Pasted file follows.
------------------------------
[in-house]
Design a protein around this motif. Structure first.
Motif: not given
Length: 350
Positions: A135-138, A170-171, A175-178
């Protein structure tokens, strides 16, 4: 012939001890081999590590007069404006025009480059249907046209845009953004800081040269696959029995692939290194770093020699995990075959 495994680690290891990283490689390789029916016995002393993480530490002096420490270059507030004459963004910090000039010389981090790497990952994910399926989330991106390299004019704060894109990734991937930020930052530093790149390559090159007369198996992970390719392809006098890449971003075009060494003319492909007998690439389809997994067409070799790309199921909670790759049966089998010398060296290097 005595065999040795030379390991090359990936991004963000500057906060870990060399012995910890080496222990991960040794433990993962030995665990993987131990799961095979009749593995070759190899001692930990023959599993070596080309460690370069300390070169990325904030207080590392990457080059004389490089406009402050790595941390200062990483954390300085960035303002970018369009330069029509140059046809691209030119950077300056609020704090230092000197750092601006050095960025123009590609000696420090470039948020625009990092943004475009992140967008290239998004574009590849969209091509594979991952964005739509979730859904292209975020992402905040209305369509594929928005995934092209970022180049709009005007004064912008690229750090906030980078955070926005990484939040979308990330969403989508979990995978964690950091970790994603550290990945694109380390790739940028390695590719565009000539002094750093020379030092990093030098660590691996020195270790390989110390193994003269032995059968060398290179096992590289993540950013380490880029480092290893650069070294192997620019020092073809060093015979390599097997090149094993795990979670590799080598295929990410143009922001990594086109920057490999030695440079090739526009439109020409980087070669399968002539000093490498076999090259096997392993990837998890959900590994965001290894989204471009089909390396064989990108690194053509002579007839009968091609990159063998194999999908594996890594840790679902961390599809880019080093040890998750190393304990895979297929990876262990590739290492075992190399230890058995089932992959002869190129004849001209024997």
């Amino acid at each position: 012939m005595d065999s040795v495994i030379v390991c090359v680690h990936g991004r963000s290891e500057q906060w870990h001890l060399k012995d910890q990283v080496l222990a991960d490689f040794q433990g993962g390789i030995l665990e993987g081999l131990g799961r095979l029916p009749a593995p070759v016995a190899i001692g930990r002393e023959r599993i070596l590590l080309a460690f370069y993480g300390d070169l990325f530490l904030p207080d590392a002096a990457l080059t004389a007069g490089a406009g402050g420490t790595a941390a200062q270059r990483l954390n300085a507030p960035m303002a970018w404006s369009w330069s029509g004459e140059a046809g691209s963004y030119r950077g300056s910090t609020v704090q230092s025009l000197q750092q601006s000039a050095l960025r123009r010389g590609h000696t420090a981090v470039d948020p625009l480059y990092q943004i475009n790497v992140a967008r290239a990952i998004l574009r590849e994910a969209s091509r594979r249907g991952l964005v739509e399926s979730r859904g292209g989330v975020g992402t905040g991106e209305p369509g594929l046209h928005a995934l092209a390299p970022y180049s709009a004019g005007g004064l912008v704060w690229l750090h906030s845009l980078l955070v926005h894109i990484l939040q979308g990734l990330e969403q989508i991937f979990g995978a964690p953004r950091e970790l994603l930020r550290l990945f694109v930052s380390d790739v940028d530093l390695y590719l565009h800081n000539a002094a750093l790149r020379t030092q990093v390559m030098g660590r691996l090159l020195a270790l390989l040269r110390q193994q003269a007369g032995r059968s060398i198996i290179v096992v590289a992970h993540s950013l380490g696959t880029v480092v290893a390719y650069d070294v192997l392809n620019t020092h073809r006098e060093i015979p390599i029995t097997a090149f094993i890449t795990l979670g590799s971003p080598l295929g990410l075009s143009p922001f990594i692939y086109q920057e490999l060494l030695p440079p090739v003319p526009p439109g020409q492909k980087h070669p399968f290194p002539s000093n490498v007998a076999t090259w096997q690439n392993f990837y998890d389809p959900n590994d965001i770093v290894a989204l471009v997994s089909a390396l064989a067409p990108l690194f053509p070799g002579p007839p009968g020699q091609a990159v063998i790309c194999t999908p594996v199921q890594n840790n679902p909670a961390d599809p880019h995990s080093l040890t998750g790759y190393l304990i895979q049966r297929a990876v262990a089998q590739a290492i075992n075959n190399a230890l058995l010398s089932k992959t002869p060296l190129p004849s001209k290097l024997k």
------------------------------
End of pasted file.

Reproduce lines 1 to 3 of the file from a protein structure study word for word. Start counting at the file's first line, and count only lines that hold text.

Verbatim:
[in-house]
Design a protein around this motif. Structure first.
Motif: not given